SI Vault
 
Semisweet Vindication
Brian Cazeneuve
August 22, 2005
For the past six weeks, U.S. gymnast Todd Thornton has slept in an altitude tent simulating 9,000 feet above sea level to boost his endurance during training sessions. Last Friday night Thornton's career reached new heights as he beat the field by a healthy 1.4 points to win his first U.S. all-around title. For Thornton (right) the result was vindication after being left off last summer's six-man Olympic team despite finishing fourth at the 2004 nationals. (Coaches passed him up in favor of individual-apparatus specialists.) "It's hard to put in all that work and then have to watch," says Thornton, 22, who could face the same fate during the world championships in Melbourne in November: He'll undergo an MRI this week for soreness in his right shoulder--the fear is that it's the result of a torn labrum or rotator cuff. --B.C.
Decrease font Decrease font
Enlarge font Enlarge font
August 22, 2005

Semisweet Vindication

View CoverRead All Articles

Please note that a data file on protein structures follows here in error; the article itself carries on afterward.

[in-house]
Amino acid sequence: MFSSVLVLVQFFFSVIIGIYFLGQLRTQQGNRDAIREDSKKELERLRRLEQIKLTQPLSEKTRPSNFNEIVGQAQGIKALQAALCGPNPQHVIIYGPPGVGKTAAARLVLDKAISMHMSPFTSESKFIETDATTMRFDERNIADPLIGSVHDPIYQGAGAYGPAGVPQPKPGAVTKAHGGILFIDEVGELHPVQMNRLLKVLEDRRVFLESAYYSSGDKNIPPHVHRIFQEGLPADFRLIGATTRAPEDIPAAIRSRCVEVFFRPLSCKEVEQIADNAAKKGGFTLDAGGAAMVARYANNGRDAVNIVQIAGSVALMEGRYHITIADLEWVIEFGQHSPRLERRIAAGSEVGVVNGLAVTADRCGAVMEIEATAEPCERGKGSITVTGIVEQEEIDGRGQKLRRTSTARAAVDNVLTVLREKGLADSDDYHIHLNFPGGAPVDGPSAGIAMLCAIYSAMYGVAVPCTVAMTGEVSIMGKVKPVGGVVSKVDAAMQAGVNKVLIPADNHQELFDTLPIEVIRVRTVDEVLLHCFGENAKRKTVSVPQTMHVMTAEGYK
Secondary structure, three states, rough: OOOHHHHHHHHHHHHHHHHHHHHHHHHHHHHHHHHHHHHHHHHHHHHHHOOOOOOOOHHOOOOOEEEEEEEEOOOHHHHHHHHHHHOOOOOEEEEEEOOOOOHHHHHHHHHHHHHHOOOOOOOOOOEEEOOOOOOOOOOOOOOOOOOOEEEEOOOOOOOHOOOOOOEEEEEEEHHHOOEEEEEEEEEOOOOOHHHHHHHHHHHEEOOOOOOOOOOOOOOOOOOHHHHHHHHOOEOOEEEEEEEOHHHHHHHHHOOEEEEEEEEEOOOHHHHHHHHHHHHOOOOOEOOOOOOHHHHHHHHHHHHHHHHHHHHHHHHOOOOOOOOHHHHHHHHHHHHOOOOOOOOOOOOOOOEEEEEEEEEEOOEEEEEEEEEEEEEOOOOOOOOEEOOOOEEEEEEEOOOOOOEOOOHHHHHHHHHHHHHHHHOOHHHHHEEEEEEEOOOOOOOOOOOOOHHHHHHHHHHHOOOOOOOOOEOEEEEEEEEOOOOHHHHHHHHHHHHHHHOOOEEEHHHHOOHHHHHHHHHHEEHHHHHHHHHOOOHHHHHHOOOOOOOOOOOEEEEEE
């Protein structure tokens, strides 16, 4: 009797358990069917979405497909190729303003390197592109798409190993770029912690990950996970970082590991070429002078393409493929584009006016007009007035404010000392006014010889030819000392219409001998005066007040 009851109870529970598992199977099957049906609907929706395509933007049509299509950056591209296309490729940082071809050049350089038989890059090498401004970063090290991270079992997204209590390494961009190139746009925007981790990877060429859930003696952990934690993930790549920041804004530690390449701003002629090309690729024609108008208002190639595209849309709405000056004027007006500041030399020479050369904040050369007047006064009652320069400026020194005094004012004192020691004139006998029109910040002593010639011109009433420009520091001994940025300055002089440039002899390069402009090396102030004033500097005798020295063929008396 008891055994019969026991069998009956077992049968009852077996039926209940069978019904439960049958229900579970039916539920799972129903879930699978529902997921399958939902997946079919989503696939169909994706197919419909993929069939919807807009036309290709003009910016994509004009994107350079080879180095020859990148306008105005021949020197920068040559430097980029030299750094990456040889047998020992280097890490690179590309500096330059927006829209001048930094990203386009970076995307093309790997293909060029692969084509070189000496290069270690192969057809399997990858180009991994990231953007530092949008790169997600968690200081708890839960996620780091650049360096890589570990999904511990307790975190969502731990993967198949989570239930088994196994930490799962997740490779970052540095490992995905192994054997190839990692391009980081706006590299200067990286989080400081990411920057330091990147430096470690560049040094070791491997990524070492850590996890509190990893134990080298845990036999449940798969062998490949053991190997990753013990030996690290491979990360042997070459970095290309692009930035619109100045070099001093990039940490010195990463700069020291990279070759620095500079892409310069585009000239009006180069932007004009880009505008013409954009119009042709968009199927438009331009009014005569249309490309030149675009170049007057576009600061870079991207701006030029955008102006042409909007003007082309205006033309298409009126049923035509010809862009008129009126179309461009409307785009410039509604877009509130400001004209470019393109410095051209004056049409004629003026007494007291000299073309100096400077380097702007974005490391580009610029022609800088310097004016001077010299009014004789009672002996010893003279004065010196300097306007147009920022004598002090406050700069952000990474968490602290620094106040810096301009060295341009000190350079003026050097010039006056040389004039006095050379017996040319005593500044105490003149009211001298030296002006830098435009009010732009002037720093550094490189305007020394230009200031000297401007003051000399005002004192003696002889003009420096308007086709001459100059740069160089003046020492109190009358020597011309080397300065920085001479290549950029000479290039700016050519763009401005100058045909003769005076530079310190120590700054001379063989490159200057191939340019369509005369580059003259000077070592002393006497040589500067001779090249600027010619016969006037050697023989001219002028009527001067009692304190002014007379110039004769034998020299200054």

For the past six weeks, U.S. gymnast Todd Thornton has slept in an altitude tent simulating 9,000 feet above sea level to boost his endurance during training sessions. Last Friday night Thornton's career reached new heights as he beat the field by a healthy 1.4 points to win his first U.S. all-around title. For Thornton (right) the result was vindication after being left off last summer's six-man Olympic team despite finishing fourth at the 2004 nationals. (Coaches passed him up in favor of individual-apparatus specialists.) "It's hard to put in all that work and then have to watch," says Thornton, 22, who could face the same fate during the world championships in Melbourne in November: He'll undergo an MRI this week for soreness in his right shoulder--the fear is that it's the result of a torn labrum or rotator cuff. --B.C.

1
Related Topics
  ARTICLES GALLERIES COVERS
Todd Thornton 1 0 0
United States 8021 0 232
Melbourne 185 0 1